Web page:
13 January 2021

Discover REAL, the platform that promotes racial equality among international lawyers

This interview of Kabir Duggal (Senior International Arbitration Advisor, Arnold & Porter LLP), Dana MacGrath (Investment Manager and Legal Counsel, Omni Bridgeway), and Rekha Rangachari (Executive Director, New York International Arbitration Center) explores the establishment of a new arbitral body to promote racial equality in international arbitration – Racial Equality for Arbitration Lawyers (REAL). Duggal and Rangachari, together with Crina Baltag (Senior Lecturer in International Arbitration at Stockholm University), are Co-Chairs and Co-Founders of REAL. MacGrath serves as Strategic Advisor and Steering Committee Member.  

What is the main purpose of Racial Equality for Arbitration Lawyers (REAL)?  

Racial Equality for Arbitration Lawyers (REAL) was created in 2020 to facilitate a collaboration of international lawyers in international arbitration. We provide a platform for dispute resolution stakeholders to engage on topics of racial diversity directly, candidly, and respectfully. In recognition that today international law is one of the most dynamic, specialized areas of law, and where cross-border disputes naturally involve a broad array of cultural identities and languages, racial diversity is central to this roundabout. Race and REAL target the intersectionality of definitions, understanding and acceptance of diversity

In founding REAL, we are inspired by earlier diversity leaders in the field focused on gender diversity (i.e., ArbitralWomen and the Equal Representation in Arbitration (ERA) Pledge). REAL aims to address inequities with respect to racial equality among legal practitioners, with a focus on arbitration practitioners and arbitrators. By way of example, REAL seeks to respond to the concerns underlying recently published reports in 2020 about diversity challenges, such as The Time Is Now: Achieving Equality for Women Attorneys in the Courtroom and in ADR published by the New York State Bar Association and The Hurdles, Hassles, and Heartaches of Achieving Long-Term Legal Careers for Women of Color published by the American Bar Association (ABA), amongst others, to create increased representation for racial minorities, and in time, racial parity.  Indeed, Resolution 105 by the ABA urges “all users of domestic and international legal and neutral services to select and use diverse neutrals.”  

REAL Co-Chair Rekha Rangachari explains with respect to REAL, “Together, we will ensure that our diversity advocacy efforts reflect the vibrant and diverse community of arbitration stakeholders that join REAL. Together, we can achieve dialogue, action, and change. Together we can capture and share the stories of talent, dynamisms, and industriousness.”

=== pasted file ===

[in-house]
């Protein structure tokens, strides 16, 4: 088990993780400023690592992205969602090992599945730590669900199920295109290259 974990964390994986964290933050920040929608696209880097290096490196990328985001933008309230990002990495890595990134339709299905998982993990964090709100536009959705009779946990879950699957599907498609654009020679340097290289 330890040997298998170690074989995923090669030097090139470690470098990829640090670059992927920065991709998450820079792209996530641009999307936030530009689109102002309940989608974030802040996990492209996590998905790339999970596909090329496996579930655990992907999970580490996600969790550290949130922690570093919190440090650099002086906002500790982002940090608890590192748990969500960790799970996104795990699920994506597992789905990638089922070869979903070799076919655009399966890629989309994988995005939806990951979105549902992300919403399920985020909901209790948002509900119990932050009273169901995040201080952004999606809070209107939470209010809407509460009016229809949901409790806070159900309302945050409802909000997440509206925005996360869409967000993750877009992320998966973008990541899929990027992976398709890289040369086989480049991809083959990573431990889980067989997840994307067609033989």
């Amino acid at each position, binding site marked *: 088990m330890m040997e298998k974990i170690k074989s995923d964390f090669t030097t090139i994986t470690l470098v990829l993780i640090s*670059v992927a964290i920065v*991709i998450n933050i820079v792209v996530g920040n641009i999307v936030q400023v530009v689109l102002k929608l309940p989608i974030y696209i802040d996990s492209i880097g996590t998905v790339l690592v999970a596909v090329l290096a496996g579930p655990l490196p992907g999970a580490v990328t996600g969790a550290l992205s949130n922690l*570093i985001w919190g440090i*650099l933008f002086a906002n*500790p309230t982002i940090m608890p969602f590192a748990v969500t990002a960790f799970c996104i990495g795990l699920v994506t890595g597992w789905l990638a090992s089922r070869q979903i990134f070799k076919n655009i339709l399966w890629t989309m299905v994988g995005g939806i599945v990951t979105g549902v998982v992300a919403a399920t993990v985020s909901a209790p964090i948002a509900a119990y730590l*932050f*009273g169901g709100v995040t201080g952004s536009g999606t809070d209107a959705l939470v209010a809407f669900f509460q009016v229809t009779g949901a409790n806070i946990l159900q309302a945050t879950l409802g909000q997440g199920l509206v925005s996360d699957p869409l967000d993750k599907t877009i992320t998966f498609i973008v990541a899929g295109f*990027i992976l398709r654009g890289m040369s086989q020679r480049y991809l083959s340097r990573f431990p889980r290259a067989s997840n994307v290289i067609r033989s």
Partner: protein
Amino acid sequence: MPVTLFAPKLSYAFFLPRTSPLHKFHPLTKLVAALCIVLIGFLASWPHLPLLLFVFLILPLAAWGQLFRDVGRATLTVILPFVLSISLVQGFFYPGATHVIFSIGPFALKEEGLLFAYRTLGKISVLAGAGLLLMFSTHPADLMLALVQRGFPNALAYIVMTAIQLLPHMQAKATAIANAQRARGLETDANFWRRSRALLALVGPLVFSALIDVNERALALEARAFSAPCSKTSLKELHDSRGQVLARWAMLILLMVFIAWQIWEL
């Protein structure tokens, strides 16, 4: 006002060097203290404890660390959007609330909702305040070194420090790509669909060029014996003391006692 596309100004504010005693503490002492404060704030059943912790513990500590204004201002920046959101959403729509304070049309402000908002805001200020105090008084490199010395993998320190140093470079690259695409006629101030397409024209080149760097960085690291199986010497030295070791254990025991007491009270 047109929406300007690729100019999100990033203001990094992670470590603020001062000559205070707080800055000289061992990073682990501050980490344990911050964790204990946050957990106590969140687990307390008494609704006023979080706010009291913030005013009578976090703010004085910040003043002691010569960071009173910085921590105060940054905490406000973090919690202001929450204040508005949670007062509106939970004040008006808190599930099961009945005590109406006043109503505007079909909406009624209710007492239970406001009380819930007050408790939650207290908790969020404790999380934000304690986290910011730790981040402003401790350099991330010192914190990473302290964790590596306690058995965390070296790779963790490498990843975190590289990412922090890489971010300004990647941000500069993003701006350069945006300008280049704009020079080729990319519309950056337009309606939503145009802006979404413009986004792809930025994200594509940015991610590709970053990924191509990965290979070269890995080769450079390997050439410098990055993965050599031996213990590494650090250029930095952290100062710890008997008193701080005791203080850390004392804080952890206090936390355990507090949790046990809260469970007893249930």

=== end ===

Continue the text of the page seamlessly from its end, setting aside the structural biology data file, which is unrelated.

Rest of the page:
Is racial equality a prominent topic in law firms? 

The issue of improving racial representation exists at all levels of law firms and is a challenge just like the challenge of gender equality. Indeed, a prominent U.S. non-profit National Association for Law Placement (NALP) noted in its 2019 Annual Report (2019 Report) that “just 1 in 5 equity partners were women (20.3%) and only 7.6% were people of color.” Clearly, these are very troubling statistics. The 2019 Report also noted that “Women of color continued to be the most dramatically underrepresented group at the partnership level”, highlighting the need for focus on issues of intersectionality (intersection of gender and race).  Similar reflections can be found in other countries including UK, Canada, Australia, among others.  

Recent initiatives have launched to incentivize law firms to move the diversity needle and track progress, such as the Diversity Labs Mansfield Rule. Approximately 100 law firms display a Mansfield certification, noting striking statistics: “65% of firms reported that more underrepresented lawyers were appointed or elected to their Management/Executive Committee than prior to adopting Mansfield and 63% of firms said they have increased the percentage of underrepresented lawyers promoted into equity partnership since adopting Mansfield.”

In light of recent events in the United States focused on racial injustice, there has been a greater spotlight on racial issues. More than 240 firms have joined the Law Firm Anti-Racism Alliance. Such efforts undoubtedly will help raise the consciousness. However, it remains to be seen whether law firms will “walk the walk and not just talk the talk.”  

What are the goals of REAL? 

REAL is focused mainly on access (i.e., providing everyone an equal say in our international process) and advocacy (i.e., building awareness and spotlighting the lack of diversity in our field), aiming for global inclusion and cooperation.